Why Pen Testing Is Central to State's App Security

By , CSO |  Security, penetration testing

Maley: We have what's called CA2 -- Commonwealth Application Certification and Accreditation -- patterned after the Department of Defense's accreditation process for systems. We focus ours on Web-based applications. One of our challenges is that, like a lot of organizations, we have to be mindful that a lot of Web-based apps are the target of cross-site scripting and SQL injection attacks. Here in the Commonwealth we've had applications developed for years and years with no real underlying security process. So we have to constantly search for things that can be exploited and mitigate the problems before something happens. The bad guys are escalating their SQL injection attacks. We see these attacks constantly, in the thousands. Why are they doing that? Because there are so many vulnerabilities out there and they know they can eventually hit something.

Was CA2 designed to find the flaws left behind over time, or to catch flaws during the development of newer apps?

Maley: It injects security in at the very beginning of a project now. Whether a Web application is developed in-house or outsourced it now has to go through the CA2 process before going live. Part of that process is that the programs have to be pen tested.

Brian Chess at Fortify Software caused some controversy when he said pen testing was a dying art. You obviously disagree.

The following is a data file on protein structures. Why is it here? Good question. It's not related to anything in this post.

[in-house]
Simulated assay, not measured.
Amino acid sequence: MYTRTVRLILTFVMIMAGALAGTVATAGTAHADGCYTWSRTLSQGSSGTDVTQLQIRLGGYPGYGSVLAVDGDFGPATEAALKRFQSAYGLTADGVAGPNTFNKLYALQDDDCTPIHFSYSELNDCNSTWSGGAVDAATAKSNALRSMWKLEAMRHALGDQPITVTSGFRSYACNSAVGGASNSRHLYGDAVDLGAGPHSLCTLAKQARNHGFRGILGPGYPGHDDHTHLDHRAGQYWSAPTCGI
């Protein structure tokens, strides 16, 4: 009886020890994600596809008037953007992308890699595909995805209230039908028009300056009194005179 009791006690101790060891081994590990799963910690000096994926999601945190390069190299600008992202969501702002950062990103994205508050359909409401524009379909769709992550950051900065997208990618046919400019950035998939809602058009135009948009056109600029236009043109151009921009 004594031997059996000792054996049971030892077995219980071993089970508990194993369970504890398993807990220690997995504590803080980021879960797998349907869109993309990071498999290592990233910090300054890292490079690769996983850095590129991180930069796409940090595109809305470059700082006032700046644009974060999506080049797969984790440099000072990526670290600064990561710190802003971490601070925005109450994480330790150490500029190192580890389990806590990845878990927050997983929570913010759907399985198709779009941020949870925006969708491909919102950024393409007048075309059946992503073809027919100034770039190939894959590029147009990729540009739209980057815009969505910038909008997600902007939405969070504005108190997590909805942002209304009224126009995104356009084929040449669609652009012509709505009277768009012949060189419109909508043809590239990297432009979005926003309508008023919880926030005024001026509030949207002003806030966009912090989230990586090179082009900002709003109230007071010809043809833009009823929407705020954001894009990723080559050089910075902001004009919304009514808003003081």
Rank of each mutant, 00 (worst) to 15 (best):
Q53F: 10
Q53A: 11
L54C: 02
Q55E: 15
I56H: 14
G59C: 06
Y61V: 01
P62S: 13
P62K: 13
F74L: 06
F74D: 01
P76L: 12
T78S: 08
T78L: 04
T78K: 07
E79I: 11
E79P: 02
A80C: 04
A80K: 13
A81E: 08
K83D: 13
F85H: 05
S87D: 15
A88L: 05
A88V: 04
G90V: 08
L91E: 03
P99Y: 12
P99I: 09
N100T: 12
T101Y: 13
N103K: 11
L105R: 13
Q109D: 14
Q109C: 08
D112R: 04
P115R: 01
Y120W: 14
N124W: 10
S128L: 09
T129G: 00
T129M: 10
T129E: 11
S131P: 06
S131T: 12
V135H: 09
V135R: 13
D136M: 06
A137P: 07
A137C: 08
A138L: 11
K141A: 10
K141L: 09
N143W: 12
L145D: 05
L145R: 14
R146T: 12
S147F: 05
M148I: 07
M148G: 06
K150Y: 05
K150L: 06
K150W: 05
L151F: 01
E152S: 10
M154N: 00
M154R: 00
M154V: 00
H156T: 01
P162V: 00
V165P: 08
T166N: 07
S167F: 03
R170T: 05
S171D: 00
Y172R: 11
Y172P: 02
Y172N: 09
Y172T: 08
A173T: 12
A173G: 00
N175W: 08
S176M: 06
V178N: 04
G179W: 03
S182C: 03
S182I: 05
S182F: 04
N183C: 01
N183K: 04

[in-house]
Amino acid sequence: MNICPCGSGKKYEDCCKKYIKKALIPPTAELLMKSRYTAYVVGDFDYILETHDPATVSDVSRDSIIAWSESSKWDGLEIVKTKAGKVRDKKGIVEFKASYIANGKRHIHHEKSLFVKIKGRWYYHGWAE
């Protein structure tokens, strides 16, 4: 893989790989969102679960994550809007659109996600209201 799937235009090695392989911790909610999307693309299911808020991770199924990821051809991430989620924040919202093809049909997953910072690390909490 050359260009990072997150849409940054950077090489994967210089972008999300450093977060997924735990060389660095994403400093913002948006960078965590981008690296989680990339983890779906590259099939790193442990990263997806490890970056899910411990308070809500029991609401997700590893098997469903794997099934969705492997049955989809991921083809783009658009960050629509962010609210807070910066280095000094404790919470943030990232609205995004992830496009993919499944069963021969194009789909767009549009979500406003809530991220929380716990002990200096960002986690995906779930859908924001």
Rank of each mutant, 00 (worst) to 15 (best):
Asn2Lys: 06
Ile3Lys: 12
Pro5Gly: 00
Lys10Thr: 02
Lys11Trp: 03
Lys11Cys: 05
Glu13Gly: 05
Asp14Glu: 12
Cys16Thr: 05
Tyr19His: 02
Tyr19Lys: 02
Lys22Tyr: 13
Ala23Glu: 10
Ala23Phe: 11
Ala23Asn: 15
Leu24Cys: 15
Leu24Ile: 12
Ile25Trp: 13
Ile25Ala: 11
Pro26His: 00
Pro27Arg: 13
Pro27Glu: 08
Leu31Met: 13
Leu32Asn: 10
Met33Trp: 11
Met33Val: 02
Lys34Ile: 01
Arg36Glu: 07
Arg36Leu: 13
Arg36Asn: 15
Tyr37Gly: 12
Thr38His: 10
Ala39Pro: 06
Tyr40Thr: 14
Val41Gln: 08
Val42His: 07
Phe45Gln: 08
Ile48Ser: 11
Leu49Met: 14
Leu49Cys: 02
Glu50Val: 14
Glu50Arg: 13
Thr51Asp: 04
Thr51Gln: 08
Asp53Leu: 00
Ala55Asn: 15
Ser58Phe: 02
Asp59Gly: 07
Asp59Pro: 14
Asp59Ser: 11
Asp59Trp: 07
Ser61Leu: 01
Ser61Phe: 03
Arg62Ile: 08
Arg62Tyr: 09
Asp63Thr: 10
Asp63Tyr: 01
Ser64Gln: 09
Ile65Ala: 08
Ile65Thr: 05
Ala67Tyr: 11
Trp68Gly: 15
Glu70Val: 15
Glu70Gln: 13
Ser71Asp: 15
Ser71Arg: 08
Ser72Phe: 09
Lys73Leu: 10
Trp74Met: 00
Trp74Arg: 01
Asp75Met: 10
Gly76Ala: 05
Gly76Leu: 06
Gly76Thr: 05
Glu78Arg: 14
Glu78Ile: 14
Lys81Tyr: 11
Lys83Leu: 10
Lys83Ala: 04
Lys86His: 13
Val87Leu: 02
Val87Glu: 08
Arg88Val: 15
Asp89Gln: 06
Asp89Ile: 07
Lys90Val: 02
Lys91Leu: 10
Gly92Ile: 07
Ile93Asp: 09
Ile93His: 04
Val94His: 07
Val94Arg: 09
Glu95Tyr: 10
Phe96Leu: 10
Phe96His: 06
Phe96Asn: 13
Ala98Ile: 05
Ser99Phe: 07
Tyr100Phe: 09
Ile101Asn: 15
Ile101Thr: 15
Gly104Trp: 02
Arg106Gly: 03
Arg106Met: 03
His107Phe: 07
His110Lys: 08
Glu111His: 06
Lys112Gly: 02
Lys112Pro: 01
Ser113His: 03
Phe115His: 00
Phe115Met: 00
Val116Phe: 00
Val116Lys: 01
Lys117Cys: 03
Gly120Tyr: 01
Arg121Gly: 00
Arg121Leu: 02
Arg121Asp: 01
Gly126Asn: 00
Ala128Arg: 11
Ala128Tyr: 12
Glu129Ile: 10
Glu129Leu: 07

Maley: Source code analysis is also a critical part of our CA2 process. Early on in the certification process that's what we require and it helps us tremendously. But application flaws are not the only thing we look at with our pen testing. Both are critical to our risk mitigation and I don't see one replacing the other. They really go together. With PCI DSS, an important ingredient is vulnerability scanning. An automated pen testing tool allows me to go through and review vulnerability scans and see in real time what kinds of weaknesses can be exploited. I don't see that as something you can replace.

Describe what your pen testing schedule typically looks like and, if possible, give an example of when you were able to catch and stop an attack through the process.

Maley: We don't randomly go out and pen test things. We don't have that kind of time. We use it at a specific point in the CA2 process. We also use it as a specific piece of the compliance process. Meantime, if we suspect something like an SQL injection attack against a certain app, we go back and do pen testing. One innocuous Web page with job descriptions was subject to such attacks. Through pen testing we were able to extract info about every state employee and their dependents through that page. So we shut it down and did a thorough investigation. We keep all our log files and were able to pinpoint the point in time where attackers started trying to target the data. That's the kind of success we have had.

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